Louie Lardo was without a doubt the coolest kid in my high school class in the late '70s at Peabody.
He was a Deadhead, which was uncommon, at least at Peabody, because most kids were either into disco or hard rock like Kiss, Blue Oyster Cult and Aerosmith (raises hand), much like in "Dazed and Confused" or "Detroit Rock City." His first Dead show was 1978 at the Civic Arena (a really good one, judging by the set list) when he was 16 or 17.
Louie lit up the school, in more ways than one, with his big smile, tie-dyed shirts and bandannas. He was the glue between the stoners, the jocks, the brains, the 'Sliberty kids, the whole school. Everybody loved him, enough that he became our class president. Our prom theme was "Tonight's the Night," ostensibly after the Rod Stewart song, but our little secret, on prom committee, was that it was really named for the druggy Neil Young tune.
He went on to graduate from Pitt and became a drug counselor, and when I would run into him at concerts, just about every Dead or Dead-related show, he was always the same happy Louie. If you had to hang all night outside the arena waiting for tickets, you wanted to do it with Louie.
He was also a good guitarist whose career (and probably life highlight) was having the honor to play with Dead bassist Phil Lesh as part of the Phil Lesh University program at SOBs in New York in 2006. People in the Dead scene loved him as well, as you can see on Phil Lesh's web site.
People are mourning his loss on the PhilZone this week. After battling hepatitis C for many years and not being able to receive a liver transplant, as Phil himself did, he died on May 9.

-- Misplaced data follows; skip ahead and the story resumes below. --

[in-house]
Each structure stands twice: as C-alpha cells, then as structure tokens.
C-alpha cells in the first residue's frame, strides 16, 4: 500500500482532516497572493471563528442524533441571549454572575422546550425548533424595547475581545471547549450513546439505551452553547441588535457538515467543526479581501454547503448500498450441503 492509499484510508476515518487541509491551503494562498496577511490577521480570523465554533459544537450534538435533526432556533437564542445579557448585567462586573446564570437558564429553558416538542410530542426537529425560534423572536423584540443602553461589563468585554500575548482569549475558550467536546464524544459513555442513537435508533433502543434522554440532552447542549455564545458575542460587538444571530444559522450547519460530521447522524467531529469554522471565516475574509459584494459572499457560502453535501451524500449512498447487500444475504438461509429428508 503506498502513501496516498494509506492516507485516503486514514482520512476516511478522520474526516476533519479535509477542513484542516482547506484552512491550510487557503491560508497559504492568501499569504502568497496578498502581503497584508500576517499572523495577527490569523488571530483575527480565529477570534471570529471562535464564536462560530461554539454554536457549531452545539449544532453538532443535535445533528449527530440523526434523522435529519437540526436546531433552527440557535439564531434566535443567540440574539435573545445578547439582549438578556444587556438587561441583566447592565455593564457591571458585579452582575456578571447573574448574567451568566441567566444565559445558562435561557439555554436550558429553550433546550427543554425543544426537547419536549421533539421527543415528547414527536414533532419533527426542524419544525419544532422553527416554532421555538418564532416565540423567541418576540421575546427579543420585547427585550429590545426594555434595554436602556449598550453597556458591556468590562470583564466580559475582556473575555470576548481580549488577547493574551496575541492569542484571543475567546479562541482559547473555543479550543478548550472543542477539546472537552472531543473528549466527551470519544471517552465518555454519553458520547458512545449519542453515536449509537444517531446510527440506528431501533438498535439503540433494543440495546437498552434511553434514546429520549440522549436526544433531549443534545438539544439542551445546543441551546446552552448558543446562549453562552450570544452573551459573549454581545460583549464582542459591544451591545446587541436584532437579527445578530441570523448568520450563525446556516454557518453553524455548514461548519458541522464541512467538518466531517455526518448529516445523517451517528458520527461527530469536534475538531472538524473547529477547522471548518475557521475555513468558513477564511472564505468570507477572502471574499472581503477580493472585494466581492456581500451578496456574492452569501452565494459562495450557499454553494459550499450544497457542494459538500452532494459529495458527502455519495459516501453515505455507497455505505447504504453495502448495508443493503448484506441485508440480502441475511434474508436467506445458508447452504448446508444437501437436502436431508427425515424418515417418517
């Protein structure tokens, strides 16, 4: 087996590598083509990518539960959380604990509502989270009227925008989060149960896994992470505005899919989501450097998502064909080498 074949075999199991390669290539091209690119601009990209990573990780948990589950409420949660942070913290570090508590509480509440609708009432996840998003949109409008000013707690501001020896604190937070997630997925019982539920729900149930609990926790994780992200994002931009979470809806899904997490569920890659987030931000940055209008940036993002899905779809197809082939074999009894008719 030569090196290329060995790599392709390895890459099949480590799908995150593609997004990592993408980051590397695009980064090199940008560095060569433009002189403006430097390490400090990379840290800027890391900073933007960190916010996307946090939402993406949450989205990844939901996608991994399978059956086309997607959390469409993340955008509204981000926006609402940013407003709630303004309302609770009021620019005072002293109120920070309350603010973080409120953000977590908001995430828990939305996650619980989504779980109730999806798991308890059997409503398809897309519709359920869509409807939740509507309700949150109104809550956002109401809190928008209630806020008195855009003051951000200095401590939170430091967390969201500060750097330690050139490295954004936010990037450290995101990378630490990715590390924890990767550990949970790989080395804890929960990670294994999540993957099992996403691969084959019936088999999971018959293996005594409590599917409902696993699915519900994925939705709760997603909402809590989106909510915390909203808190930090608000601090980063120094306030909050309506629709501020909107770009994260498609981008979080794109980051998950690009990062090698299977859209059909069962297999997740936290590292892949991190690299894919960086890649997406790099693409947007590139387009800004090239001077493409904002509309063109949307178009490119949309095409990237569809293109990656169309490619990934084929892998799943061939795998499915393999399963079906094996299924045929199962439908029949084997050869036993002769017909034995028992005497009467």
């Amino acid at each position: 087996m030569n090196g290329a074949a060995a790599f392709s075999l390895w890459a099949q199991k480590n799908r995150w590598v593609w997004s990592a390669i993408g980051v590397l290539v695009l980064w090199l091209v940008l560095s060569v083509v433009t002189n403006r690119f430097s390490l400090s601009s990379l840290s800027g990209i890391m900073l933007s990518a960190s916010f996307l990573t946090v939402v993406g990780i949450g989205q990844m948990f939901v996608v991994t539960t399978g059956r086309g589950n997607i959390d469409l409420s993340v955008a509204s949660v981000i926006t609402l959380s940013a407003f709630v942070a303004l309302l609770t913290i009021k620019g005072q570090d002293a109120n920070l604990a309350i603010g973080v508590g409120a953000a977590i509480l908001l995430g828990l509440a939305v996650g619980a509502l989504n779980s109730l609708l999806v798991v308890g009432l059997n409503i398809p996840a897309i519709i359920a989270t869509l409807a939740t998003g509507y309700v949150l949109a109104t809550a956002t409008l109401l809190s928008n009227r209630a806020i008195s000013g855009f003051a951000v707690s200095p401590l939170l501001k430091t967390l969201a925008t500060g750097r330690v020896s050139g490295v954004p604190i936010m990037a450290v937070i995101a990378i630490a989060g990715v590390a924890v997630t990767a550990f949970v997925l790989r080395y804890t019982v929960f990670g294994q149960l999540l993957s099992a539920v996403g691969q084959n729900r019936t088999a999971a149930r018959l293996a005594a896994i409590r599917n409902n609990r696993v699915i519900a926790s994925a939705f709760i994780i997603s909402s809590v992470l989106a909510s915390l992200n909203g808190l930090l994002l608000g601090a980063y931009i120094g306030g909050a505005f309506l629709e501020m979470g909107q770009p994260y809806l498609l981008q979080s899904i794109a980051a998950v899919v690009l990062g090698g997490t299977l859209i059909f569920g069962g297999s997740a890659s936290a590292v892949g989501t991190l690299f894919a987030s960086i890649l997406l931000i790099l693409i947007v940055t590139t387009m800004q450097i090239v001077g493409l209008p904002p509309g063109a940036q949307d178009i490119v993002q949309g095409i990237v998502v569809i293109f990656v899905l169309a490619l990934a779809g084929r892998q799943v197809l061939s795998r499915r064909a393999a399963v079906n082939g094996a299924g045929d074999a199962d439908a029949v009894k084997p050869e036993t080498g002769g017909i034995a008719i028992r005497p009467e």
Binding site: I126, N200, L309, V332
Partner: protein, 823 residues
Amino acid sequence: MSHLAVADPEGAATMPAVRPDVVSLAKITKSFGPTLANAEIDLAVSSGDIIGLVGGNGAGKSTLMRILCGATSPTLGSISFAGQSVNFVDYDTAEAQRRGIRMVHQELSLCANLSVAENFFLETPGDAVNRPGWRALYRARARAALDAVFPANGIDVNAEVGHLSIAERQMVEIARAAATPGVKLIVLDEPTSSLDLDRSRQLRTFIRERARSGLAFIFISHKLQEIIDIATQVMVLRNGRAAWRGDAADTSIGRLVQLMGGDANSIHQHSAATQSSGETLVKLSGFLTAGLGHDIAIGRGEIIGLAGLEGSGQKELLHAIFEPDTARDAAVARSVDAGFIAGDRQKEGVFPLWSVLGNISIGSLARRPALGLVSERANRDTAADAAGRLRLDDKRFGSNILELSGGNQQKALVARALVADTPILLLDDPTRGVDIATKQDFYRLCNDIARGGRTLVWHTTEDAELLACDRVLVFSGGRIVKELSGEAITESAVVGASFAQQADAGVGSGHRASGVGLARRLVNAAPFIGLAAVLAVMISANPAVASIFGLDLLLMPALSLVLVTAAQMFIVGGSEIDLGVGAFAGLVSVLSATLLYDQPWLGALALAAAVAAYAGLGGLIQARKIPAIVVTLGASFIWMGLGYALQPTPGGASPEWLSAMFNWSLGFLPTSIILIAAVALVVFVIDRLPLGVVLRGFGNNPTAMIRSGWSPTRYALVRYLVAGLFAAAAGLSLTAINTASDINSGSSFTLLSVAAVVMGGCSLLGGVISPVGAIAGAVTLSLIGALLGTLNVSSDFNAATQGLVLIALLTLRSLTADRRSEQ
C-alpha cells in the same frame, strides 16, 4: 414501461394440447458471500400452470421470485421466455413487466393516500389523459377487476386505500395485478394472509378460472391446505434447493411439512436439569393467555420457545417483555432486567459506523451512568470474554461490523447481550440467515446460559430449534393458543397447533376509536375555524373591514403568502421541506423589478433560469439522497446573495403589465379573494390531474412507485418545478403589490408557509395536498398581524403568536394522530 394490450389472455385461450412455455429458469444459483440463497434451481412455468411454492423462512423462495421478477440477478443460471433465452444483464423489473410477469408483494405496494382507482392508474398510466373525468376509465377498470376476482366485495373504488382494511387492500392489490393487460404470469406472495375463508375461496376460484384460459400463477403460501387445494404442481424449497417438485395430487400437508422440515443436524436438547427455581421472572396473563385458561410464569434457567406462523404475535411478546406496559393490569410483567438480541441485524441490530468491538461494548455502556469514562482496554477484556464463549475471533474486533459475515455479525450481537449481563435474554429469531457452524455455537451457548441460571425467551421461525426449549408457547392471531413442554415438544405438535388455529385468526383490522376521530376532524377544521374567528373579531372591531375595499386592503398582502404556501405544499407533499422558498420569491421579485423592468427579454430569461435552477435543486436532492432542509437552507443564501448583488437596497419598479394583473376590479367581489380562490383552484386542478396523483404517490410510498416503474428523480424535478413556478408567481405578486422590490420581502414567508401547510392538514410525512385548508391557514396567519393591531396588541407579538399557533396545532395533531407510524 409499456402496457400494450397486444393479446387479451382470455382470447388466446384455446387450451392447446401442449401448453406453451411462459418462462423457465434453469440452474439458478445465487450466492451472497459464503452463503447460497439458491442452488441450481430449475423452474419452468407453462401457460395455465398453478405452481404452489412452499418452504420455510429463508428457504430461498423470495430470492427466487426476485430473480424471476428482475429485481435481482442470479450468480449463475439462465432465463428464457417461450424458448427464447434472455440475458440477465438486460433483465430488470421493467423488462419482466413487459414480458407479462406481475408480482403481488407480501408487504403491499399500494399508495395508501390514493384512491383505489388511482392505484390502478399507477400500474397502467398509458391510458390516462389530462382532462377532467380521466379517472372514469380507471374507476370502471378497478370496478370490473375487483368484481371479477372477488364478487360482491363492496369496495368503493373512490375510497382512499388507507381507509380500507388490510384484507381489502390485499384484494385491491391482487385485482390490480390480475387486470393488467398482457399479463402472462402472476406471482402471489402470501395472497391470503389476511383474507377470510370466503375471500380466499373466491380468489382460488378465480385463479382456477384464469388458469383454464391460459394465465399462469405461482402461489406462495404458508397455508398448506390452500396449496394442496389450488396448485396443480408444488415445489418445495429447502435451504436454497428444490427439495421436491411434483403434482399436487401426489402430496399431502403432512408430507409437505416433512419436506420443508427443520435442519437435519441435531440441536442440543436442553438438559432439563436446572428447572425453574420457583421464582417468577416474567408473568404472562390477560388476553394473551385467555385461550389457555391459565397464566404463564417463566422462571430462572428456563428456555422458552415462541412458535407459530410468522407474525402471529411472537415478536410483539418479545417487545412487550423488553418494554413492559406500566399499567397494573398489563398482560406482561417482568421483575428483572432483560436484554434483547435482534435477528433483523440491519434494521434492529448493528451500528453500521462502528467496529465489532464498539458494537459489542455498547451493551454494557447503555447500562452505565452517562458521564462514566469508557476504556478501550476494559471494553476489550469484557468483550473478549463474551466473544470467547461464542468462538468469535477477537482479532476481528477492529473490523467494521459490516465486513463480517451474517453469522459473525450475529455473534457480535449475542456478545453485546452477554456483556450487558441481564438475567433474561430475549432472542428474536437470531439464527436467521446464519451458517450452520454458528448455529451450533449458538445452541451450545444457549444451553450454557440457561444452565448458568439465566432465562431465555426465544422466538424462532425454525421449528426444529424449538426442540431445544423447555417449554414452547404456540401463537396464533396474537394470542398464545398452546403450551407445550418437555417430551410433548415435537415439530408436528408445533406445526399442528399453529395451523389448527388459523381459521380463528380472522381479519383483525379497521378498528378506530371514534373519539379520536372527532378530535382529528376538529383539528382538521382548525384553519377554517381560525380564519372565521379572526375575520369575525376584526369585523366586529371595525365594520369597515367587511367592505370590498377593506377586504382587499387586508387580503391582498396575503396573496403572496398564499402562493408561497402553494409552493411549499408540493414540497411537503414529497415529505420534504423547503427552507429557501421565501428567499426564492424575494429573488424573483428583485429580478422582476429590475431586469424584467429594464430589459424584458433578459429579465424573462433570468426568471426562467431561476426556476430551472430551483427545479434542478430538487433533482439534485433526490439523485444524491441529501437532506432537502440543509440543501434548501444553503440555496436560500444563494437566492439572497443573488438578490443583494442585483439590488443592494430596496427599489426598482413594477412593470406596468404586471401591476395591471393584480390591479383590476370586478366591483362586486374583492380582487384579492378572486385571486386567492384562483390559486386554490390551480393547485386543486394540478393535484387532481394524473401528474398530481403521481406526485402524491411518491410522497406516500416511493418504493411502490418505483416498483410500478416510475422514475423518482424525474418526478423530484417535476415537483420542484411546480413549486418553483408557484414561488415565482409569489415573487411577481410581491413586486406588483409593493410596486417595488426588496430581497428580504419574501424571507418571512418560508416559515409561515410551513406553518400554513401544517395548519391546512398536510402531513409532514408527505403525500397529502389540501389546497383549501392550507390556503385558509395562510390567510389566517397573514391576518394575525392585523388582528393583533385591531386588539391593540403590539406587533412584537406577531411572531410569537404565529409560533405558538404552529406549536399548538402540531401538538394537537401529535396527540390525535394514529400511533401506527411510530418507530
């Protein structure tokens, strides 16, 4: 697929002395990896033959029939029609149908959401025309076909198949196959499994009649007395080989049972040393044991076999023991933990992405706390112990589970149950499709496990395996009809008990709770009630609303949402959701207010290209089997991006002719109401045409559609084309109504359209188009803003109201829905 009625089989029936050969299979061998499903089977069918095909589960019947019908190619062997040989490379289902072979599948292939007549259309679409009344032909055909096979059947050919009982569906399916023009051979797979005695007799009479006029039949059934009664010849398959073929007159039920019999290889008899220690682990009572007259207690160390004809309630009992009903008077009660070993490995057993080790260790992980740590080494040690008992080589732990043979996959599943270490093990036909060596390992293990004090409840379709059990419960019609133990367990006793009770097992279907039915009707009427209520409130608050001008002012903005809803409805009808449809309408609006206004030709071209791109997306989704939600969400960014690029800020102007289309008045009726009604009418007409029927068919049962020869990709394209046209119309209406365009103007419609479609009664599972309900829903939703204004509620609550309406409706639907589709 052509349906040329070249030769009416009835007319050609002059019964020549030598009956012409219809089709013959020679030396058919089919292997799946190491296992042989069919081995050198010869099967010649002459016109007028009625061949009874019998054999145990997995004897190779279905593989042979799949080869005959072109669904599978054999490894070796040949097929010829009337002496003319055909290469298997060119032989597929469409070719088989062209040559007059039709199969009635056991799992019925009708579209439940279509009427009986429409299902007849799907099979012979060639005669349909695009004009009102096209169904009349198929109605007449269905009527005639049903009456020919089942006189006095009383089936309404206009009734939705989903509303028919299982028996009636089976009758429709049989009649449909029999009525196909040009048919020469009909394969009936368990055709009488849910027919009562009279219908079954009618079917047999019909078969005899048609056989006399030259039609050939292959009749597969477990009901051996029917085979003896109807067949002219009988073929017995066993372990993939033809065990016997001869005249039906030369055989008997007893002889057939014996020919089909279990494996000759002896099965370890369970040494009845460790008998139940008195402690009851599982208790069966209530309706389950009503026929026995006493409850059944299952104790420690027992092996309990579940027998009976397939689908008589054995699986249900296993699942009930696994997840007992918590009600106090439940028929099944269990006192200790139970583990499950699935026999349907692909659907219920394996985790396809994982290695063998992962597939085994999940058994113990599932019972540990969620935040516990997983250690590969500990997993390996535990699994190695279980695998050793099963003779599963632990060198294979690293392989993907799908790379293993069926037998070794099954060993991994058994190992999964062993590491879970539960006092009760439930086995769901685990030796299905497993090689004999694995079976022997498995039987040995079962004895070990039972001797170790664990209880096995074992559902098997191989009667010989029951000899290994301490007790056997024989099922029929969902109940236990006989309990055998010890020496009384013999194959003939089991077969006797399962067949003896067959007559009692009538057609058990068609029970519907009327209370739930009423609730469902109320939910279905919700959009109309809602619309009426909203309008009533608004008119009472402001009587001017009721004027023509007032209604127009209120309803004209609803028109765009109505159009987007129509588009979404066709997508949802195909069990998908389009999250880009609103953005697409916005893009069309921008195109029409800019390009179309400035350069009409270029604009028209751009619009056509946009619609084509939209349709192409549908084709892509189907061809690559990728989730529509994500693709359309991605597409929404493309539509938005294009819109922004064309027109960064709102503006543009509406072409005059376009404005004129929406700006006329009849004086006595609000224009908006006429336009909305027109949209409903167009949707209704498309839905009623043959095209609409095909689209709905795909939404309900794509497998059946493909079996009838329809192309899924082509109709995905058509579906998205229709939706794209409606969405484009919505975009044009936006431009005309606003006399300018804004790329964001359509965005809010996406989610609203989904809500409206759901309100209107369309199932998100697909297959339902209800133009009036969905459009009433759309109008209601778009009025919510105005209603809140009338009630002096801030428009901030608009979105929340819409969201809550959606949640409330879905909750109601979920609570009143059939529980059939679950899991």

Louie's friend John Lescisin told me in an email: "He had been in poor health for many years, especially the last 3 or 4....but it wasn't (I believe) until the last approx 2 years that he was "sick enough" to be on a transplant list. So, then he goes and sits on the transplant list for a couple of years, waiting for his MELD [Model for End-Stage Liver Disease] score to get him to the top of the list....which obviously never happened. "
He continues, "Along the line, Louie lost his insurance, struggled to get on Medicaid, etc. It just seemed like every step of the way, he ran into roadblock after roadblock. It was awful to see him die so slowly. You'd like to think that if someone has 5 years lead-time for something like that, eventually the right things will happen."
Louie was buried on Tuesday with his first acoustic guitar, bearing a drawing of Jerry Garcia. I'm sure that if there's a Dead section of the Afterlife, Louie is with Jerry right now. There are probably a lot of Deadheads Jerry wouldn't be able to tolerate for very long, but he would love Louie Lardo, who was cut from the same cloth.